This is partially inspired by the fried egg question which was closed. The question is: do we want questions about food presentation, or even preparation final touches, to be considered off-topic?

Reading the accepted answer to the meta question about serving (Are we about serving, or just cooking/food prearation?) it seems that presentation should be on-topic, as long as it is about the food itself, and not things like plates and napkins. I think the outlines in that answer are about right for the site and community, but it seems that they have not been followed.

So, should a question about preparing food to make eating it less messy, for example, be closed as off-topic? Even though it seems to have generated an answer that was to do with the food itself rather than any eating technique? Would it not have been better to edit the question so that it points people in the right direction rather than close it outright?

1 Answer 1


Yes, we consider serving questions to be on topic, as long as they're the kinds of questions that would require at least some level of experience in the culinary arts to answer (which is why questions about topics like dinnerware and etiquette are not in the scope).

As far as I'm concerned, the fried egg question:

  1. Was not reasonably about cooking or serving (it was simply about eating);

  2. Did not inspire any edits that would have made it about serving (otherwise someone would have done it);

  3. Had already amassed far too much attention and voting activity to salvage with such editing, even if it were possible; and

  4. Was liable to generate a slew of copycat questions about eating any other food ("How can I eat a burrito without leaking filling?" "How can I eat a hamburger without squirting ketchup?" Think about where this ultimately leads.)

We had a series of long, frustrating arguments about these kinds of generic food questions early on and eventually came to the general agreement that we had to set the bar somewhere if we wanted to be taken halfway seriously as an expert Q&A site. The topic being discussed just doesn't meet that bar.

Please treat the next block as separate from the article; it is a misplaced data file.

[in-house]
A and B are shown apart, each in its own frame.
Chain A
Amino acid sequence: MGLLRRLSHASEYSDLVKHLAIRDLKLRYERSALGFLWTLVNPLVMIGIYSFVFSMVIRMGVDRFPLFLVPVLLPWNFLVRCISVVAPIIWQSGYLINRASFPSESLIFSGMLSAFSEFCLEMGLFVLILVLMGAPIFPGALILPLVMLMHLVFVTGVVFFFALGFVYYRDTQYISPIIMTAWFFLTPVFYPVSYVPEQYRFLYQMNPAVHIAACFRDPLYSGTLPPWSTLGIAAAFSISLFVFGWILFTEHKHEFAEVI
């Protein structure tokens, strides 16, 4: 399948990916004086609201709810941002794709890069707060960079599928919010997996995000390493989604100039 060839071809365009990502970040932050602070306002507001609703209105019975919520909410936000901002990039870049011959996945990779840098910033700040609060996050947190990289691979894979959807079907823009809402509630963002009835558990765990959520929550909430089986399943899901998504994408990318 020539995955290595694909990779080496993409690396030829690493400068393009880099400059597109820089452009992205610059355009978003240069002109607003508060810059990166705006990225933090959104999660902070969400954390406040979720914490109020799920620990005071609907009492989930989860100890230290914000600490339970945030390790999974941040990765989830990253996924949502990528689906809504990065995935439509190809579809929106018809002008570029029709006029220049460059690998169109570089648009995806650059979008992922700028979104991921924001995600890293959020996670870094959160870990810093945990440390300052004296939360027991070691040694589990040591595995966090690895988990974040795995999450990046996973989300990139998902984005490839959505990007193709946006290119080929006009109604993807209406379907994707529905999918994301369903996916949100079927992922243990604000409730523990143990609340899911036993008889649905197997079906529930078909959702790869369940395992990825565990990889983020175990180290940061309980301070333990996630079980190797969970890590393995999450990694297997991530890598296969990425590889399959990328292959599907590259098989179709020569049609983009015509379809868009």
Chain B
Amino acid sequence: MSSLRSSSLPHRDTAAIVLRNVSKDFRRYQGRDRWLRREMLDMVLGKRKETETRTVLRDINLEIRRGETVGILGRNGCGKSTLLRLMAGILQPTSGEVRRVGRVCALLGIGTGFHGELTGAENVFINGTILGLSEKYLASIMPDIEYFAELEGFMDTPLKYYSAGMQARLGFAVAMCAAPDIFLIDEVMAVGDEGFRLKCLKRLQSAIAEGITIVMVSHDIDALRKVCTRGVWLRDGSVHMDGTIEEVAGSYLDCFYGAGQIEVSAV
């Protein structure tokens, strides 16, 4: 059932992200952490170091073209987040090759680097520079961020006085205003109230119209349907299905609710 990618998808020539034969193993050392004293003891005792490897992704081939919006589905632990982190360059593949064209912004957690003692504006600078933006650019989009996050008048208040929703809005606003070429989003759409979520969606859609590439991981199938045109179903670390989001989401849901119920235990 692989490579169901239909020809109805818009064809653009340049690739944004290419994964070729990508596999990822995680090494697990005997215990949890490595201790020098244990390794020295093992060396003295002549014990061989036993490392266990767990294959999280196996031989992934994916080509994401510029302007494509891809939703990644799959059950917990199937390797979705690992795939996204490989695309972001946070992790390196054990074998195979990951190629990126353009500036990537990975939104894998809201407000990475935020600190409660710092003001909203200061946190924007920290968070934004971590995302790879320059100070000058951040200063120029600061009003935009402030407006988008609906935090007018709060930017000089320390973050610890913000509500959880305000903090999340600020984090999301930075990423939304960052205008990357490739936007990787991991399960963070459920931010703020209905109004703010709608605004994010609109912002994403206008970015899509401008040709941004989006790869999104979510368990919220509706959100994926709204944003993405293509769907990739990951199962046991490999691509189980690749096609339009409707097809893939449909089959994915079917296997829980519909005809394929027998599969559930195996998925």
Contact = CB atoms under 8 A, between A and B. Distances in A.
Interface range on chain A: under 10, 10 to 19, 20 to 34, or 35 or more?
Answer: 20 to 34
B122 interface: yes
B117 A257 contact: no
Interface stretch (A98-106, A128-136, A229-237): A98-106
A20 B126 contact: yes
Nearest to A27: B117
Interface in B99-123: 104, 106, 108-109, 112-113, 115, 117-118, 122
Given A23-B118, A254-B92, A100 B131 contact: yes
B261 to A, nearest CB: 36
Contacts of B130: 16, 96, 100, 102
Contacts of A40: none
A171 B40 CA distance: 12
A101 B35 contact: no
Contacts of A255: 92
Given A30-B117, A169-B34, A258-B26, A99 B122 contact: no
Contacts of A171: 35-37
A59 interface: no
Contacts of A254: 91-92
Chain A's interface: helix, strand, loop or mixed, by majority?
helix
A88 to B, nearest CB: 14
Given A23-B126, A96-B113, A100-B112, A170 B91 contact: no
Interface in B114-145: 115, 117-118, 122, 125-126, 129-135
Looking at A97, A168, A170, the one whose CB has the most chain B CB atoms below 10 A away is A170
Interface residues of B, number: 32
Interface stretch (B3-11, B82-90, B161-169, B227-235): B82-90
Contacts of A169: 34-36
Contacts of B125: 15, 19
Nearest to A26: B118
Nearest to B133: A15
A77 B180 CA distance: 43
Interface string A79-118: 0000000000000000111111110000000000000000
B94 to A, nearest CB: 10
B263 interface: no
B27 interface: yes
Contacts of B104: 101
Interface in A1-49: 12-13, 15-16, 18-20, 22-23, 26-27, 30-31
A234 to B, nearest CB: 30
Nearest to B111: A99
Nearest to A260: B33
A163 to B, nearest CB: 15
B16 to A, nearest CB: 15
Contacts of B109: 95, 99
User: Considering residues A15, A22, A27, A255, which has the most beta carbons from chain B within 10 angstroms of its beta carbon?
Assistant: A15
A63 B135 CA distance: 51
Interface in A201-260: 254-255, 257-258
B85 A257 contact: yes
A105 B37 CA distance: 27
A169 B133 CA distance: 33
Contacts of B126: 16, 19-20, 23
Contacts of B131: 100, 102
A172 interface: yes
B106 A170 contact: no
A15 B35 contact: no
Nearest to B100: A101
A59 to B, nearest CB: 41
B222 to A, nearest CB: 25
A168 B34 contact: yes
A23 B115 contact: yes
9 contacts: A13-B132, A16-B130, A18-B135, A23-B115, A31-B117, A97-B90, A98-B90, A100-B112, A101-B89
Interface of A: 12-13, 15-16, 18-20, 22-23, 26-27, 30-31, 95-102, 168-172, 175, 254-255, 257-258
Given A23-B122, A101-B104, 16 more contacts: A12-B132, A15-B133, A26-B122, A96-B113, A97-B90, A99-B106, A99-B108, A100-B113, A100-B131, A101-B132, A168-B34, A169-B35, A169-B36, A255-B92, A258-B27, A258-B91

Questions here are supposed to be about cooking or food preparation. Yes, we'll accept some serving questions, but they have to be good questions - questions of interest to professional or enthusiast cooks. That's why the FAQ doesn't explicitly include this category; we don't want to encourage it across the board. Food presentation is about making meals look attractive for guests, not about how to eat runny eggs without getting it on your hands. Sorry.

In closing, if your question refers to eating food that's already been cooked (or prepared for eating) then please think long and hard before posting it here, because it's likely to get closed. That's not legitimately in the "serving" category; it's Yahoo Answers fodder.

  • On reflection I have to agree with this. It really is a slippery slope. personally its a shame as I finally felt like an expert in something. But maybe that says more about me than anything else :).
    – Sam Holder
    May 3, 2011 at 9:30
  • 3
    I think the question could have been edited to something like "How can I present a fried egg sandwich so that it won't run when being eaten?" I would have edited it had I seen it on time. I do see the slippery slope argument, and you're probably right, but I think that eating questions are presentation questions in disguise.
    – Carmi
    May 3, 2011 at 14:22
  • @Sam: No disrespect to your (incredibly) thorough answer. And as I admitted in the comments, it was a fun and engaging question. I just don't think we can make special exceptions on that basis and expect the rest of the community to submit to our whims.
    – Aaronut
    May 3, 2011 at 14:57
  • @Carmi: To me that's actually a very different question from a semantic point of view. The question literally says "here's the sandwich, how should I eat it?" without allowing for any discussion of the preparation. I agree, if it had been edited early (and the OP had agreed to it), it might have been an easier call; unfortunately once a question picks up significant momentum, the consequences of game-changing edits grow more significant. It was all 4 factors above that compelled me to close it (especially #3); had it been just one of those things in isolation I would have preferred cleanup.
    – Aaronut
    May 3, 2011 at 15:00
  • @Aaron, I agree with you wholeheartedly, I wasn't trying to make a case for an exception, I was more musing on the fact that really I should have voted to close, but as I felt the OP's pain and had some 'expert' advice to give, I was blinded to the fact that it was an off topic question.
    – Sam Holder
    May 3, 2011 at 15:17
  • @Sam: At least it's only an occasional hiccup here; at sites like P.SE it's practically a way of life. ;)
    – Aaronut
    May 3, 2011 at 15:24
  • @Aaronut: Fair enough, I didn't take the time/attention thing in to account. I suppose it was too late to save by the point I came accross it. I'll accept the answer, as it does make sense generally. I am now secure in the knowledge that the question could have been reworded to meet the standards. Thanks
    – Carmi
    May 3, 2011 at 15:27

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